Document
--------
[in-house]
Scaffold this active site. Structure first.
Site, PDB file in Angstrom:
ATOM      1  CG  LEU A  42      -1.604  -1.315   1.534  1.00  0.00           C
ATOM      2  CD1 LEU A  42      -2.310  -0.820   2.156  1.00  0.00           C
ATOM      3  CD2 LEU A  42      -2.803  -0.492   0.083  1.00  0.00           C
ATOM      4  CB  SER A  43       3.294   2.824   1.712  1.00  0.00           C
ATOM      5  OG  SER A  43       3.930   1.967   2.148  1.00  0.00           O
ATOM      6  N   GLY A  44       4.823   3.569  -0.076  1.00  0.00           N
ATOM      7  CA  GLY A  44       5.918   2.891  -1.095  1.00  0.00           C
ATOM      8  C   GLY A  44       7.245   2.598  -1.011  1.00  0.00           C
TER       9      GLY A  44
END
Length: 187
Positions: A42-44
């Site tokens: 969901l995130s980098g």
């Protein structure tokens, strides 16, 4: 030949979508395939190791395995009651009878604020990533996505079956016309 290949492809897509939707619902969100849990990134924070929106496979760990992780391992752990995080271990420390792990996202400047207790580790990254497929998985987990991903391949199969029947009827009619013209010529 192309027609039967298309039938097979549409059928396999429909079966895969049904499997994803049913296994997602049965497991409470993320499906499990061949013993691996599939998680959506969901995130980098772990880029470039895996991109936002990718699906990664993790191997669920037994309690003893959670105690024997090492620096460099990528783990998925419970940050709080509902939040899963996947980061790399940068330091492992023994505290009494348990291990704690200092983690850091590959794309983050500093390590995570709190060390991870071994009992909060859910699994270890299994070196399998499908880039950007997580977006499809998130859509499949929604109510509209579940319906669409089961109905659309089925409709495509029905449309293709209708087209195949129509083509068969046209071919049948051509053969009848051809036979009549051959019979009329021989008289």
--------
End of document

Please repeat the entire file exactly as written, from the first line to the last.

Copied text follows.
[in-house]
Scaffold this active site. Structure first.
Site, PDB file in Angstrom:
ATOM      1  CG  LEU A  42      -1.604  -1.315   1.534  1.00  0.00           C
ATOM      2  CD1 LEU A  42      -2.310  -0.820   2.156  1.00  0.00           C
ATOM      3  CD2 LEU A  42      -2.803  -0.492   0.083  1.00  0.00           C
ATOM      4  CB  SER A  43       3.294   2.824   1.712  1.00  0.00           C
ATOM      5  OG  SER A  43       3.930   1.967   2.148  1.00  0.00           O
ATOM      6  N   GLY A  44       4.823   3.569  -0.076  1.00  0.00           N
ATOM      7  CA  GLY A  44       5.918   2.891  -1.095  1.00  0.00           C
ATOM      8  C   GLY A  44       7.245   2.598  -1.011  1.00  0.00           C
TER       9      GLY A  44
END
Length: 187
Positions: A42-44
């Site tokens: 969901l995130s980098g």
């Protein structure tokens, strides 16, 4: 030949979508395939190791395995009651009878604020990533996505079956016309 290949492809897509939707619902969100849990990134924070929106496979760990992780391992752990995080271990420390792990996202400047207790580790990254497929998985987990991903391949199969029947009827009619013209010529 192309027609039967298309039938097979549409059928396999429909079966895969049904499997994803049913296994997602049965497991409470993320499906499990061949013993691996599939998680959506969901995130980098772990880029470039895996991109936002990718699906990664993790191997669920037994309690003893959670105690024997090492620096460099990528783990998925419970940050709080509902939040899963996947980061790399940068330091492992023994505290009494348990291990704690200092983690850091590959794309983050500093390590995570709190060390991870071994009992909060859910699994270890299994070196399998499908880039950007997580977006499809998130859509499949929604109510509209579940319906669409089961109905659309089925409709495509029905449309293709209708087209195949129509083509068969046209071919049948051509053969009848051809036979009549051959019979009329021989008289």